Tesla’s Removal Of Features On Used Cars Appears To Be In Violation Of Its Own Rules

Last month we reported about Tesla’s occasional practice of removing features like Autopilot and Ludicrous mode from used cars after they’d been purchased by people who bought the cars with those features enabled. While Tesla eventually restored the removed features to the subject of the original story, I’ve been in touch with a number of people with similar stories, and, perhaps even more importantly, with Tesla employees who have confirmed that often Tesla’s actions have been directly counter to the company’s own policies, at least as understood by Service Techs and help center workers.

It’s also worth mentioning that, while I have spoken with Tesla employees at call centers and seen correspondence from service techs about this issue, Tesla corporate has so far not responded to any of my inquiries, not from the previous story, and not from this one.


I called Tesla’s customer support line at its call center in Draper, Utah. I spoke with two different representatives, and asked each if a feature that was on and available on a used Tesla—I used Ludicrous Mode as an example for one and Autopilot as an example for the other—was a feature that would stay with the car, or if the feature would need to be re-purchased by the next owner.

Both representatives assured me that the features are connected to the car’s VIN, and remained with the car for “the life of the car.” I had them clarify that these features were not subscriptions and were more like installing features in any car, which they confirmed.

I wanted to hear from a Tesla Service Tech as well, right from a Tesla-owned dealership, and I was able to do so when another Tesla owner, Michele, reached out to tell me about issues she had with her purchased-new Model 3, and specifically getting her Autopilot system purchase registered with Tesla’s systems.

I asked her to email her local Tesla dealer (this one was in Santa Barbara) and find out exactly if those features she paid for could be sold with her car if she decided to sell it, and this was the response she got (emphasis mine):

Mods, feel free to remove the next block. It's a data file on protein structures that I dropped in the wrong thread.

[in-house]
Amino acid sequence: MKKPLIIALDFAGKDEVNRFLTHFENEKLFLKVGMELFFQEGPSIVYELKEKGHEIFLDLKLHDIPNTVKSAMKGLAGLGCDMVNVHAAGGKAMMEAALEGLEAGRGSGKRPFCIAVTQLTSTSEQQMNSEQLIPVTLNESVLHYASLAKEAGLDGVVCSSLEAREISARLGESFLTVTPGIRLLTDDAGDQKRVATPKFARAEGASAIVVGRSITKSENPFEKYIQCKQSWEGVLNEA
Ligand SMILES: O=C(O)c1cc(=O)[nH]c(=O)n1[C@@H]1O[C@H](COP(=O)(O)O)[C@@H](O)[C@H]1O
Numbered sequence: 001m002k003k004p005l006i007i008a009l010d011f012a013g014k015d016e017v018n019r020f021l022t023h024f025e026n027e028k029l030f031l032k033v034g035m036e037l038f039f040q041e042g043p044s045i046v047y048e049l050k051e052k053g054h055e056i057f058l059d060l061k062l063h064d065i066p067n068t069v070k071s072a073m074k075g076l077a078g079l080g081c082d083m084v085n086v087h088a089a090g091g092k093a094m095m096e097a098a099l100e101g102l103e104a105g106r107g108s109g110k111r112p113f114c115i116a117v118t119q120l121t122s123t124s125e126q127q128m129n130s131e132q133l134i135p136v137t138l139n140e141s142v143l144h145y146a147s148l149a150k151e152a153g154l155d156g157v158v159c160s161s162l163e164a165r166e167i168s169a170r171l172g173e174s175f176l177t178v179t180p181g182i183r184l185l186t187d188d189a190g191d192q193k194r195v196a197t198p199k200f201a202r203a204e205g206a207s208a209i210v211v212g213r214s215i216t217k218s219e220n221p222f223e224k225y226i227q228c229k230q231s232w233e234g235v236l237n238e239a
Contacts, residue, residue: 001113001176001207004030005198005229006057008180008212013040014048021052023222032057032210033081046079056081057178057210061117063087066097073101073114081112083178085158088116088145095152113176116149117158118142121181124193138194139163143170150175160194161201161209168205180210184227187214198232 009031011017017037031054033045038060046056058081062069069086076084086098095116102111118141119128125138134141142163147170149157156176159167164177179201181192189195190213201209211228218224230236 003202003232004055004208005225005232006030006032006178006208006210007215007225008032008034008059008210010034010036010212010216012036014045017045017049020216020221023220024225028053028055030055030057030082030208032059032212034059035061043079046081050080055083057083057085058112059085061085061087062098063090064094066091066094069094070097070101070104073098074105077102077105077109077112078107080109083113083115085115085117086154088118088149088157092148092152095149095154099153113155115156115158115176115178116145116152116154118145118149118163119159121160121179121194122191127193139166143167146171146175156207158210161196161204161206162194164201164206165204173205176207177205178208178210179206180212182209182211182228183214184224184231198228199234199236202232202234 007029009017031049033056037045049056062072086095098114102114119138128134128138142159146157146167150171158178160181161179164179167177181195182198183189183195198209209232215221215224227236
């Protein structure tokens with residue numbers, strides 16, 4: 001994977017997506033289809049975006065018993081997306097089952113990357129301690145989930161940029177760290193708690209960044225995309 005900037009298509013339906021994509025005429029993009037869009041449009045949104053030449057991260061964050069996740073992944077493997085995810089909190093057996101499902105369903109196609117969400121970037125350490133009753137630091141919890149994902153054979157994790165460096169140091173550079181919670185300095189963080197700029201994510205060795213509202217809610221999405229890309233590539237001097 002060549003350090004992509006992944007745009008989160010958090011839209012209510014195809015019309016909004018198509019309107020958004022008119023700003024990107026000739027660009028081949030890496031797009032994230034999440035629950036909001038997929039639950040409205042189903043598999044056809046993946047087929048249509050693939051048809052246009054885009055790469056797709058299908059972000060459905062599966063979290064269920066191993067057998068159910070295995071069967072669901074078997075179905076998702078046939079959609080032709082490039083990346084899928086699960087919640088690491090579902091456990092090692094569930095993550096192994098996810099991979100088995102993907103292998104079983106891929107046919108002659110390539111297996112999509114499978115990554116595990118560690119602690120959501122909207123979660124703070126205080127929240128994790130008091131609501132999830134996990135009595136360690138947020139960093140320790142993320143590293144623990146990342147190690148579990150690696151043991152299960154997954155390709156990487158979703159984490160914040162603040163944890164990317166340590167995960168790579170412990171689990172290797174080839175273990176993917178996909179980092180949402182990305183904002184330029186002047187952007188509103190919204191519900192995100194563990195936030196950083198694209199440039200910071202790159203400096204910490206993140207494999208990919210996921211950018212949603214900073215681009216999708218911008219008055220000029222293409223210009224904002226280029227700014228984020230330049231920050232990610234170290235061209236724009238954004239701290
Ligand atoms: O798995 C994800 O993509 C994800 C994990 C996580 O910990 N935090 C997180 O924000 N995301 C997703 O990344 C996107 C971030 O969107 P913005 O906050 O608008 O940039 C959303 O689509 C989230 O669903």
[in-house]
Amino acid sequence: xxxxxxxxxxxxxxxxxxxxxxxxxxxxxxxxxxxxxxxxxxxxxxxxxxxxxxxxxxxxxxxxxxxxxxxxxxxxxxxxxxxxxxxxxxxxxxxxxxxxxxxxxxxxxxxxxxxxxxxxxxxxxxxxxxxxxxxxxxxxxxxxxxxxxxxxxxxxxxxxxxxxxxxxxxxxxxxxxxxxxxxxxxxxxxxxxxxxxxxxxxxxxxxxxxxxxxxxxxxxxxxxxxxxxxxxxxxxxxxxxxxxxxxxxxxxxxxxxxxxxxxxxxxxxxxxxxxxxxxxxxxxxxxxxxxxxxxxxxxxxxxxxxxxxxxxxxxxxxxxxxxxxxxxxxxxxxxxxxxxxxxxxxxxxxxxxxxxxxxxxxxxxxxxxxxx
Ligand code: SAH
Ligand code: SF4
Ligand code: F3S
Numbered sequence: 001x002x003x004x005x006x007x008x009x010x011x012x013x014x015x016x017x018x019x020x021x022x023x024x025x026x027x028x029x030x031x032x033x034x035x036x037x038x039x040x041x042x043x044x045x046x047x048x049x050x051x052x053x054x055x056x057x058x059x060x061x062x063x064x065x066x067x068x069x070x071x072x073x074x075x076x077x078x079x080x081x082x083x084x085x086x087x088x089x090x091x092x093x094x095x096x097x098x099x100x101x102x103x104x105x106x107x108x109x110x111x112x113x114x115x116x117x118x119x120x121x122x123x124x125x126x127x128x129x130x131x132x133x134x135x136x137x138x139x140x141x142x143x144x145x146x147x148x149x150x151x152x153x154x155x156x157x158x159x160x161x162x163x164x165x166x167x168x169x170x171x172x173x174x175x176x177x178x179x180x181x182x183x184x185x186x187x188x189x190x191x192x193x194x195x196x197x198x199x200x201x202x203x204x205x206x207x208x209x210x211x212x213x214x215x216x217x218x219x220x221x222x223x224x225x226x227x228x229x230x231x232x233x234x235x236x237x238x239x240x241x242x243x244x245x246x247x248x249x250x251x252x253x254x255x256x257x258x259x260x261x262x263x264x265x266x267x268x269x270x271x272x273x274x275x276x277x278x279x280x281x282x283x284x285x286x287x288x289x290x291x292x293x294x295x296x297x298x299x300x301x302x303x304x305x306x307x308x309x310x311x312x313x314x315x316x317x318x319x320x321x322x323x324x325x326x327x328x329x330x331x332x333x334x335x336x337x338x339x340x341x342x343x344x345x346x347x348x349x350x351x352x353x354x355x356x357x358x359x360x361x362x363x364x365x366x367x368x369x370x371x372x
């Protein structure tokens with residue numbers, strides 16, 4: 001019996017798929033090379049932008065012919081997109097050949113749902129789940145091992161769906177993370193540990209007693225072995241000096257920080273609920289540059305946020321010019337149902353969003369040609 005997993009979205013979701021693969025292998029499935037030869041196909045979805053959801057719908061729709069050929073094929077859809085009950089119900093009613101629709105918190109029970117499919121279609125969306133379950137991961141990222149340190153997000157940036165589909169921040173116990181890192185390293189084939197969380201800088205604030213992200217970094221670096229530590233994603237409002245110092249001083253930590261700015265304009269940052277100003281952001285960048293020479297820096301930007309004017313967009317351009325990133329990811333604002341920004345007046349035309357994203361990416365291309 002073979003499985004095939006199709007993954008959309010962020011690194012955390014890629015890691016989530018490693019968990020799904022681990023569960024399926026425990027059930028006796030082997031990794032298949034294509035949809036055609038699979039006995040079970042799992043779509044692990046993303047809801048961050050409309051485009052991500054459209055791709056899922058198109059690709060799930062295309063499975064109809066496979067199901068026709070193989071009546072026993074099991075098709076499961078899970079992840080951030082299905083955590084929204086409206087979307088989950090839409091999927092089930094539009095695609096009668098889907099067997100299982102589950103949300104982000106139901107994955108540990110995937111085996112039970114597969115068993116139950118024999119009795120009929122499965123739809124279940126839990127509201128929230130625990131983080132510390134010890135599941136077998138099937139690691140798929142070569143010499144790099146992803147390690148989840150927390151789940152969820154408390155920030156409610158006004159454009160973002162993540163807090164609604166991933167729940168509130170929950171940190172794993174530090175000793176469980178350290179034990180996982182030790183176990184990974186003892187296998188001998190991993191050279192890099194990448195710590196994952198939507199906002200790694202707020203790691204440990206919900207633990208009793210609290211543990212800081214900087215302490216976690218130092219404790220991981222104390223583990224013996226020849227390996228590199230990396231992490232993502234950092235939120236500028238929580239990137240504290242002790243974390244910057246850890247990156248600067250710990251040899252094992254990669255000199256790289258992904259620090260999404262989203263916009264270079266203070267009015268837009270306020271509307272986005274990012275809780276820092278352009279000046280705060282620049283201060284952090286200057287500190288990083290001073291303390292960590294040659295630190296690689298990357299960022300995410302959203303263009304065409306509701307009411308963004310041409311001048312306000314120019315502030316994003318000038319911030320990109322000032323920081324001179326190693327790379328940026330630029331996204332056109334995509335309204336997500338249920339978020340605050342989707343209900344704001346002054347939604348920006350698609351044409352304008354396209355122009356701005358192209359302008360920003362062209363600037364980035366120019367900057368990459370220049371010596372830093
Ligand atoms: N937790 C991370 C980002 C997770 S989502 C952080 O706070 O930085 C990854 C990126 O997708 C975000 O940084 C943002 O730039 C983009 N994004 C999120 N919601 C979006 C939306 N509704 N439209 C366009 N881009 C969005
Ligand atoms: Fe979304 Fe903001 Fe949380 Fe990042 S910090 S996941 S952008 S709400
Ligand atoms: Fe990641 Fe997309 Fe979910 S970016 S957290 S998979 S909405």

Good Morning Michele,It looks like Tesla did a full-fleet audit of Autopilot which cause this on your vehicle since it was purchased through the service center and not online or the mobile app. Autopilot once purchased stays with the life of the vehicle.

So, we’ve got two very different stories coming from Tesla. On the one side we have what has been actually happening to buyers of used cars. On the other we have the responses I got from call center representatives and an official dealer service advisor are very clear that any feature that was ordered with the car, be it FSD or Autopilot or Ludicrous Mode, stays with that car, keyed to that car’s VIN, for the life of the car.

This fits with how cars have been bought and sold for over a century: the original buyer of the car picks a set of factory-installed options, and if those options are on the car at the time of sale, unless specifically addressed otherwise, those options are considered intergral parts of the car that is being sold.

That means that whatever price was agreed upon for the car is expected to include those options, and if the automaker decides to remove any of those features post-sale, that’s theft.

Again, this is in opposition to what we’ve seen in the examples sent to us directly and appearing in various forums online—Tesla has treated add-on features like FSD and Ludicrous mode as being non-transferable when the car is sold—such as in the cases mentioned here of Alec, Brad, and the used car dealer who bought a Model X for his father.

These both can’t be right. The way that makes the most sense and seems the most fair is to treat these features as any car features like air conditioning or heated seats have been treated. They’re part of the car. When you sell the car, they go with it. Period.

If Tesla does not want to employ this method, it needs to make that absolutely clear to potential buyers of used and new Teslas alike. If you’re buying a used Tesla, the features that need to be re-purchased should not be available on the car when it’s being sold, and if you’re buying a new Tesla, the customer has a right to know they cannot count on those expensive features being part of the car to maintain its resale value.

If Tesla wants to make Autopilot and Ludicrous mode a subscription-type service, then it needs to own up to it and accept its lumps for deciding to do something so craven and greedy. We don’t have to like it, but we’d have to accept it if they made it obvious this was how it worked.

As things are now, it’s confusion. Customers are told one thing very clearly and simply from service centers and help lines—features stay with the car for life—but some customers, without any clear pattern, are told the opposite, in what feels like a brazen attempt to extract thousands of dollars for the company from every Tesla sold used.

I’ve given Tesla plenty of chances to set the record straight here, and if it somehow decides to finally reach out, I’m happy to present its side here, and hopefully bring some clarity to this mess.

As it stands now, though, I’d encourage every Tesla potential buyer, new or used, to get everything clarified and in writing when it comes to your expensive options.

Source: Tesla’s Removal Of Features On Used Cars Appears To Be In Violation Of Its Own Rules

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